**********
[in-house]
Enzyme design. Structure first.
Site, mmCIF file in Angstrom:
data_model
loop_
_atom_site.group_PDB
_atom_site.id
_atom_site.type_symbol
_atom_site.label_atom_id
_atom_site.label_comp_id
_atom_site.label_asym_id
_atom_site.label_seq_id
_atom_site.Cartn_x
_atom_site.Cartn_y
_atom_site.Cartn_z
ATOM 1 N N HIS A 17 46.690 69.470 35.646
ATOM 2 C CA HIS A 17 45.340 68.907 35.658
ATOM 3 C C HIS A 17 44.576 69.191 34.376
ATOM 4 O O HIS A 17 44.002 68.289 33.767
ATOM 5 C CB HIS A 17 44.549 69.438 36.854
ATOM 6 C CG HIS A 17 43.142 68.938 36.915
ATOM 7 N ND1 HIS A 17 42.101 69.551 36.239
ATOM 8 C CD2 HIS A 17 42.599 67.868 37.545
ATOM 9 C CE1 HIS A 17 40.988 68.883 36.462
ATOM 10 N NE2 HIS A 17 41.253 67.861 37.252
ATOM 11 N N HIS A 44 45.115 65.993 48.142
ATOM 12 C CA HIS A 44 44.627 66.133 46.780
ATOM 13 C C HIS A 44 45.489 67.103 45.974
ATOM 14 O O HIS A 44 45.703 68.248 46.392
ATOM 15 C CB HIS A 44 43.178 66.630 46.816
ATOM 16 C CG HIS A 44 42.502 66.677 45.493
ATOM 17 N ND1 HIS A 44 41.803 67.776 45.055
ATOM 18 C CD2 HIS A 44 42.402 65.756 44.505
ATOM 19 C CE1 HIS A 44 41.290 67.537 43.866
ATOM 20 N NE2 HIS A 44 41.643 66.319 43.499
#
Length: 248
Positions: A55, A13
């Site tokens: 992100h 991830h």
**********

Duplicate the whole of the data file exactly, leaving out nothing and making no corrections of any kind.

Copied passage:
[in-house]
Enzyme design. Structure first.
Site, mmCIF file in Angstrom:
data_model
loop_
_atom_site.group_PDB
_atom_site.id
_atom_site.type_symbol
_atom_site.label_atom_id
_atom_site.label_comp_id
_atom_site.label_asym_id
_atom_site.label_seq_id
_atom_site.Cartn_x
_atom_site.Cartn_y
_atom_site.Cartn_z
ATOM 1 N N HIS A 17 46.690 69.470 35.646
ATOM 2 C CA HIS A 17 45.340 68.907 35.658
ATOM 3 C C HIS A 17 44.576 69.191 34.376
ATOM 4 O O HIS A 17 44.002 68.289 33.767
ATOM 5 C CB HIS A 17 44.549 69.438 36.854
ATOM 6 C CG HIS A 17 43.142 68.938 36.915
ATOM 7 N ND1 HIS A 17 42.101 69.551 36.239
ATOM 8 C CD2 HIS A 17 42.599 67.868 37.545
ATOM 9 C CE1 HIS A 17 40.988 68.883 36.462
ATOM 10 N NE2 HIS A 17 41.253 67.861 37.252
ATOM 11 N N HIS A 44 45.115 65.993 48.142
ATOM 12 C CA HIS A 44 44.627 66.133 46.780
ATOM 13 C C HIS A 44 45.489 67.103 45.974
ATOM 14 O O HIS A 44 45.703 68.248 46.392
ATOM 15 C CB HIS A 44 43.178 66.630 46.816
ATOM 16 C CG HIS A 44 42.502 66.677 45.493
ATOM 17 N ND1 HIS A 44 41.803 67.776 45.055
ATOM 18 C CD2 HIS A 44 42.402 65.756 44.505
ATOM 19 C CE1 HIS A 44 41.290 67.537 43.866
ATOM 20 N NE2 HIS A 44 41.643 66.319 43.499
#
Length: 248
Positions: A55, A13
């Site tokens: 992100h 991830h």